Colorado Dow leftover licenses

A million acres support one of the strongest elk migration routes in the Centennial State across the valleys, flats and crests in Jackson County.

By Michael Peceny

Tim Meirink was guided to this 4×4 bull in North Park’s GMU 171. This hunting unit starts very steep and high and descends into sage and prairie fields to the southern border at Walden. Many good hunting areas are scattered throughout the unit. Photo by Michael Peaceny.

Colorado is an elk hunter’s paradise. A seemingly infinite number of draws, valleys, grassy flats, sagebrush hills, aspen-covered meadows and dark timbered forests make Colorado prime elk country. Throw in millions of acres of public land, and you have a recipe for some of the best elk hunting in the world.

This fantastic habitat, along with careful elk-population management by the Colorado Division of Wildlife, are the main factors that account for nearly 300, 000 elk walking through the state.

With all those acres and all those elk, arguably hundreds of prime hunting areas lie across Colorado for taking quality elk. Many of these areas combine great habitat, good elk numbers, lots of public land, and ample opportunities to harvest an animal for the freezer or for the wall. One such region is the North Park area.

The North Park area, also known as Data Analysis Unit (DAU) E-3, is a million-acre jewel located in north central Colorado. DAU E-3 essentially creates a footprint over the entire Jackson County property boundary.

This area is made of up five game management units — 6, 16, 161, 17 and 171 — and is bounded by the mountain crests of the Park Range, Medicine Bow Range, Never Summer Range, and the Rabbit Ears Range. The heart of the region features relatively open sagebrush country and flat willow marshes, which are surrounded by aspen, fir, and pine forests that rise quickly to elevations beyond the tree line. This flat-base-and-steep-rise character of the land creates prime elk travel zones and offers excellent spot-and-stalk or ambush-hunting opportunities.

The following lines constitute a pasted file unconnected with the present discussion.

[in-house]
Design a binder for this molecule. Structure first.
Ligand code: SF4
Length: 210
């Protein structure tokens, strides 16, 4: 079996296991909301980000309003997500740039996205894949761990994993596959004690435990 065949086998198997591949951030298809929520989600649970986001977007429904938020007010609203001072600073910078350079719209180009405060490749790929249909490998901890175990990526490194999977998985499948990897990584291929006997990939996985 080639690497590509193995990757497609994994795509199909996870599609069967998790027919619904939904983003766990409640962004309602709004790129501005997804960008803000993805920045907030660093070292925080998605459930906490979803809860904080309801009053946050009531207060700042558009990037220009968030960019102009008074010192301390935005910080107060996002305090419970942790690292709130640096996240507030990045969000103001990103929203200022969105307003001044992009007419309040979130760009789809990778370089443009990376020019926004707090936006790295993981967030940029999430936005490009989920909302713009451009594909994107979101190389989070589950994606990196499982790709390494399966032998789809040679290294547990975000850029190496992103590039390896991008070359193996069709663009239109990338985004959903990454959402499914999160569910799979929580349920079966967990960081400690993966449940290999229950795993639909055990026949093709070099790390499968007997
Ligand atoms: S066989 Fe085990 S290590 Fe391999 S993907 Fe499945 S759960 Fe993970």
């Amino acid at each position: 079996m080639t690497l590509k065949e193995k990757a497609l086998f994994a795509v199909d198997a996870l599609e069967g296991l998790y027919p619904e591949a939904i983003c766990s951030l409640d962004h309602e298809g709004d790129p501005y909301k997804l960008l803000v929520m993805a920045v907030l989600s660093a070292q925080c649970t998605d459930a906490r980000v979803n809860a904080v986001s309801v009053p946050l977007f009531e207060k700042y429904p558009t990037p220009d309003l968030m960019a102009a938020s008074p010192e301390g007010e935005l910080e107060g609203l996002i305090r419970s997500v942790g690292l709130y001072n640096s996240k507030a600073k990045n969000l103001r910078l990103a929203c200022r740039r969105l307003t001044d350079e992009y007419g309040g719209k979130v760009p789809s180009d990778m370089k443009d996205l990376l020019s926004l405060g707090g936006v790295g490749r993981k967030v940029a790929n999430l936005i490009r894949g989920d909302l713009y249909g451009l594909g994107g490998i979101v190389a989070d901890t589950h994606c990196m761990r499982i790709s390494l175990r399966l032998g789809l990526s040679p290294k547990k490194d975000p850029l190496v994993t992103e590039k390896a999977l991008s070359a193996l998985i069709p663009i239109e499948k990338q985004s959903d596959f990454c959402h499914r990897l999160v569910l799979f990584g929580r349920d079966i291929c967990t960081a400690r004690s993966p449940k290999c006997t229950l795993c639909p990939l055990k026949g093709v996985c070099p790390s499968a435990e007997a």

Of the million or so acres in the North Park area, only 36 percent of it is privately held. What this means is that most of the remaining land lies under the authority of the Bureau of Land Management, the national forest system, state forests, or state trust land — all of which are public lands and all of which are huntable. While pressured animals tend to seek out the private lands for safety, there are still tens of thousands of acres of opportunity available on public lands.

CDW terrestrial biologist Jeff Yost has studied the North Park elk herd for many years. According to Yost’s Elk Data Analysis Unit Plan, the 2008 post hunting seasons population estimate of elk in the North Park region is approximately 8, 348 animals, although the more readily accepted estimate places the total number of elk at 10, 000 animals.

Within this population, the bull-to-cow ratio currently stands at almost 20 bulls for every 100 cow elk. Trends in the yearly reports display the ratio is increasing, meaning more bull elk for the 2010 season.

Game Management Unit 6 makes up the upper and eastern boundary of the North Park pie. The Medicine Bow Mountains are the border and quickly fall into the flat country just east of the town of Walden.

With heavy snows possible across the region, the best hunting opportunities lie in the transition areas between the mountainside and Walden valley floor. Elk Mountain and Three Sisters State Trust Lands are great starting points but often receive a lot of hunting traffic. It’s worth the effort to hike into the Medicine Bow Range and hunt across the mountain range above the valley floor.

If the weather gets really bad, head to the sagebrush. The Sand Creek State Trust Land unit holds more than 5, 000 acres of public land where elk winter during the cold months of November through February.

Ease of access and proximity to Walden makes seeing other hunters common. But coyotes are well fed on gut piles at Sand Creek, so you could be one of the lucky ones to get an elk there.

Keith Phillips took this shooter bull in 2008 off Owl Mountain, just to the south of the town of Gould. In additional to holding many old logging roads, several running creeks, countless open meadows and dark timber patches, it also contains a resident elk herd numbering in the hundreds. Photo by Michael Peceny.

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